Our property in Jaisalmer, Suryagarh, was simply out of this world. From the start, the property surprised us. An impressive feat, the ‘hotel’ is actually a massive yellow stone fortress that arises like an oasis in the desert. From the minute we saw the grand entrance, to long after we entered our lovely chamber, we were floored by the sheer size, scale and beauty.

We celebrated Diwali in style, awoke to a beautiful vista before us, complete with a peacock on the terrace. We had breakfast in a lovely courtyard surrounded by peacocks, rabbits, turtle and various charming, but unobtrusive, pets of the property. There was even a magician in traditional Rajasthani garb, a little ‘farm’ where the property grew some of their own vegetables and herbs, as well as ample space for kids to run around and be free.

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Breakfast with peacocks

The benefit of a great property is also the level of access and depth of local knowledge. We enjoyed sunset dune-bashing with Lama tours (one of few companies to have staff trained in Dubai and SUVs instead of open jeeps) at one of the non-touristy sand dunes, hotel-arranged sunset camel safari to the quieter side of touristy Sam sand dunes, ATV rides, visit to the Jaisalmer fort, the bustling market and ancient Jain temples, a haunted tour, luxurious spa treatments and amazing local cuisine prepared by in-house chefs. The boys even visited Jaisalmer War Museum and Laungewala War Memorial, where they paid homage to heroes as well as discovered military vehicles. The whole family was thoroughly fed, spoilt, pampered, entertained and very grateful.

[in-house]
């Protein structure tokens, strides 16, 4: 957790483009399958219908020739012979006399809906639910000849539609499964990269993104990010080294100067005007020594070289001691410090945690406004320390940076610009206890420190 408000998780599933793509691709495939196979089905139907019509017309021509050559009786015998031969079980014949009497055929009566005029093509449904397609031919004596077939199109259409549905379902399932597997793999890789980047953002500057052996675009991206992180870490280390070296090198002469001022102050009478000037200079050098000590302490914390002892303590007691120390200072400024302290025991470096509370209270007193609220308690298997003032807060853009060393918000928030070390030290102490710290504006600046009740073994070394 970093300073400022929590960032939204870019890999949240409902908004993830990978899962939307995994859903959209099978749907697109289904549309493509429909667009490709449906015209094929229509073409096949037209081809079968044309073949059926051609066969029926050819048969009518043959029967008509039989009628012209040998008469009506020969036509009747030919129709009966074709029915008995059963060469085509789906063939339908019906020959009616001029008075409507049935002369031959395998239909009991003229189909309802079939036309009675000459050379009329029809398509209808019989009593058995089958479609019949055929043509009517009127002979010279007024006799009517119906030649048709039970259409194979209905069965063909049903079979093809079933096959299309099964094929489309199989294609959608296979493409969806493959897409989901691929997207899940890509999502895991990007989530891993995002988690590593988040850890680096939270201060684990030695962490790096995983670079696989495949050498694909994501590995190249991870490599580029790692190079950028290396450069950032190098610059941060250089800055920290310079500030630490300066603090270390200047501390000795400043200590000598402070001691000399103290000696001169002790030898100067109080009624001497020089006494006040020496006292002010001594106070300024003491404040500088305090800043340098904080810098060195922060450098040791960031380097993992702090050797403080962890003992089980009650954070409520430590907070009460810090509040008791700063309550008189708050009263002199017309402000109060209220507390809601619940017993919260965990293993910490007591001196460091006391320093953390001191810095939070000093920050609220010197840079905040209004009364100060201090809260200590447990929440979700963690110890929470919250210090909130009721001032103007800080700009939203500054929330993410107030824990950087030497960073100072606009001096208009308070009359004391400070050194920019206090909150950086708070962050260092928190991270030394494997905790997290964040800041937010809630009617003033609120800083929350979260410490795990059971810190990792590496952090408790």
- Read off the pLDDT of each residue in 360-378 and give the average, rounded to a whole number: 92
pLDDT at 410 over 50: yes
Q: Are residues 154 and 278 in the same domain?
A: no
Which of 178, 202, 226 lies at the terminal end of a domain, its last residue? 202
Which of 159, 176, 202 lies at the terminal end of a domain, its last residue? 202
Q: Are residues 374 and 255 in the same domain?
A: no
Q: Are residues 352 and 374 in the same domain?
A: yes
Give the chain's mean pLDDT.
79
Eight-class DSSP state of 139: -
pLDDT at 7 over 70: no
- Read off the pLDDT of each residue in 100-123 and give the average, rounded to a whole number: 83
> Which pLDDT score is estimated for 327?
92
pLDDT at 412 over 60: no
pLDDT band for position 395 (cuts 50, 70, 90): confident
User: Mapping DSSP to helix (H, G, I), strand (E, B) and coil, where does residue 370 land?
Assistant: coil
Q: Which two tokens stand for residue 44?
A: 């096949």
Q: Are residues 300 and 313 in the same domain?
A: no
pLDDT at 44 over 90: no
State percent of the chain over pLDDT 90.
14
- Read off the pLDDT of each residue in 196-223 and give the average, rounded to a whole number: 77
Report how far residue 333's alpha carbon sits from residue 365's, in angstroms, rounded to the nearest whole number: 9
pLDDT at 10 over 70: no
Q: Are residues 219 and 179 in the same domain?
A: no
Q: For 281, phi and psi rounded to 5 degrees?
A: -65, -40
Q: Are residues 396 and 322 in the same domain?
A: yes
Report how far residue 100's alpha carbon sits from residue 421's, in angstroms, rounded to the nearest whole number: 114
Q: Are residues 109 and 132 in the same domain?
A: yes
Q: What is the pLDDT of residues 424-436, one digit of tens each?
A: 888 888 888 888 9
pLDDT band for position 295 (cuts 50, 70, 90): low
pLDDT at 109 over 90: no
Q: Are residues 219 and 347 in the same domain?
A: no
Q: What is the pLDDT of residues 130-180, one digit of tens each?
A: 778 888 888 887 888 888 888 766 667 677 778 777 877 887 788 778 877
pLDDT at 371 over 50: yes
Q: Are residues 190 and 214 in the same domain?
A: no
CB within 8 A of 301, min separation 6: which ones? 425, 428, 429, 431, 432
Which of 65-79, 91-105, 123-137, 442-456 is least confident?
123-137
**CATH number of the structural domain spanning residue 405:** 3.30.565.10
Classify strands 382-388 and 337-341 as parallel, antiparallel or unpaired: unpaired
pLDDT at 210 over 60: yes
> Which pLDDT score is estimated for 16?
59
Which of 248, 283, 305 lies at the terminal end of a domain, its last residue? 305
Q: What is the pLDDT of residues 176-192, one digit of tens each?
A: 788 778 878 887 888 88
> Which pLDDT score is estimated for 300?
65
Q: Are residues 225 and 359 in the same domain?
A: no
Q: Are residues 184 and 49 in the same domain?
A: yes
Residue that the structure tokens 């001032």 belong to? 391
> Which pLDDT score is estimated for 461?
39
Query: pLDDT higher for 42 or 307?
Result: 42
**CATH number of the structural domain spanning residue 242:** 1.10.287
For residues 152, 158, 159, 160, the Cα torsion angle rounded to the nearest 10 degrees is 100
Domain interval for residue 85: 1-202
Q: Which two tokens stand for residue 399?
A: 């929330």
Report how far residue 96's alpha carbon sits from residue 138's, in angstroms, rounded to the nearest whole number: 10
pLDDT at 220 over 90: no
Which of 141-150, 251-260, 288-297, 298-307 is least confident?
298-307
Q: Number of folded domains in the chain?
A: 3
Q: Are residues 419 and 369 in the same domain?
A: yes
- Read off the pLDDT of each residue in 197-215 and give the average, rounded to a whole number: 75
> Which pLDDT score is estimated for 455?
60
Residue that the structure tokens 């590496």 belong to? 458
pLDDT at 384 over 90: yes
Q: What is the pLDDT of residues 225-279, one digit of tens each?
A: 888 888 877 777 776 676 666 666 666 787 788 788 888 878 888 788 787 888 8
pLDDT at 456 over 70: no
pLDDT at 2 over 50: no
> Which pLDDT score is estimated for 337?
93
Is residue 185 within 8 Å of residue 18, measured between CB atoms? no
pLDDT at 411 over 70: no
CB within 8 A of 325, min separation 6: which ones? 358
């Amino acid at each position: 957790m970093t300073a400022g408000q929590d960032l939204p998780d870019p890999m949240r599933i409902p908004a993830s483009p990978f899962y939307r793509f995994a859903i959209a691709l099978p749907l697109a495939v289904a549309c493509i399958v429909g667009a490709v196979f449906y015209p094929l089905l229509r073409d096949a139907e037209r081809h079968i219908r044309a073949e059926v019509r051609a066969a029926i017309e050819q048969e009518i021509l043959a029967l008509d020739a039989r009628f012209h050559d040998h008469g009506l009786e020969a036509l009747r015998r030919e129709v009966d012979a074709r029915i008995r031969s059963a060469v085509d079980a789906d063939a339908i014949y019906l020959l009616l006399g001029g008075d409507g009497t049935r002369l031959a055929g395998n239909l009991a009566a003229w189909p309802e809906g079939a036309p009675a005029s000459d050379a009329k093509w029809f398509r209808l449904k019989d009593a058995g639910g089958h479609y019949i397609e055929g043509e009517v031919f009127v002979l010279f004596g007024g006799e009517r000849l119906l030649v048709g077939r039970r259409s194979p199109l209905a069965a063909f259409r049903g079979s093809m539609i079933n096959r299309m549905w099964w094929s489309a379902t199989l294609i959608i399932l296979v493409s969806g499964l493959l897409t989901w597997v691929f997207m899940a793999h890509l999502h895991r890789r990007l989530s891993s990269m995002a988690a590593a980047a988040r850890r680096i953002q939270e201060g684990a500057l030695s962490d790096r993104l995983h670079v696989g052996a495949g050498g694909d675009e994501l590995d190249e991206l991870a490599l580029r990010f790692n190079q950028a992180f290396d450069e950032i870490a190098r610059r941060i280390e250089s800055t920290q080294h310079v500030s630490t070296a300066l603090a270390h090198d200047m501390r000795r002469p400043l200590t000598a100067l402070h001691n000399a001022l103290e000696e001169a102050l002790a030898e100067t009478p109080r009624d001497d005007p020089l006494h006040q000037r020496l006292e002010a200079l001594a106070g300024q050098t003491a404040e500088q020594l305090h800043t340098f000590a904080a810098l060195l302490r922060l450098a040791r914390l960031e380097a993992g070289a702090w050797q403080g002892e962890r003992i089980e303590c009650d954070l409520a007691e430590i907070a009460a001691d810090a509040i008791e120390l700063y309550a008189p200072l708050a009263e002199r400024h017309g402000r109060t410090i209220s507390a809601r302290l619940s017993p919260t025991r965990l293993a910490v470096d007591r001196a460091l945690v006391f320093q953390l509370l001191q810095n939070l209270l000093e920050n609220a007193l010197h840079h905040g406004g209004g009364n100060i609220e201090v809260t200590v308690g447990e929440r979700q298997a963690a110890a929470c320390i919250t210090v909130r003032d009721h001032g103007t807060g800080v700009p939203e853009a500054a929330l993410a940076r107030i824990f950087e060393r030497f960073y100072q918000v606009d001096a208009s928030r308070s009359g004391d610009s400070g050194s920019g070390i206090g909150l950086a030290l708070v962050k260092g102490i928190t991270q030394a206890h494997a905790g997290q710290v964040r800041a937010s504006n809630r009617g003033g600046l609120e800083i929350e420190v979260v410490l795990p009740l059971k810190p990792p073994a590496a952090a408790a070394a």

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…As we had already been to Jodhpur before, the husband and I opted to take the kids to Reggie’s Camel Camp Osian. Those seeking an exclusive luxurious experience, might want to opt for the incredible Umaid Bhawan Palace. The kids were super-excited about staying in tents as well as dancing around the bonfire at night, while listening to live traditional Rajasthani music. Since the baby was having a little too much fun driving us crazy by going in and out of the tent, we opted to head for Mihirgarh first thing in the morning. An interesting experience, but probably best done with companions older than 5.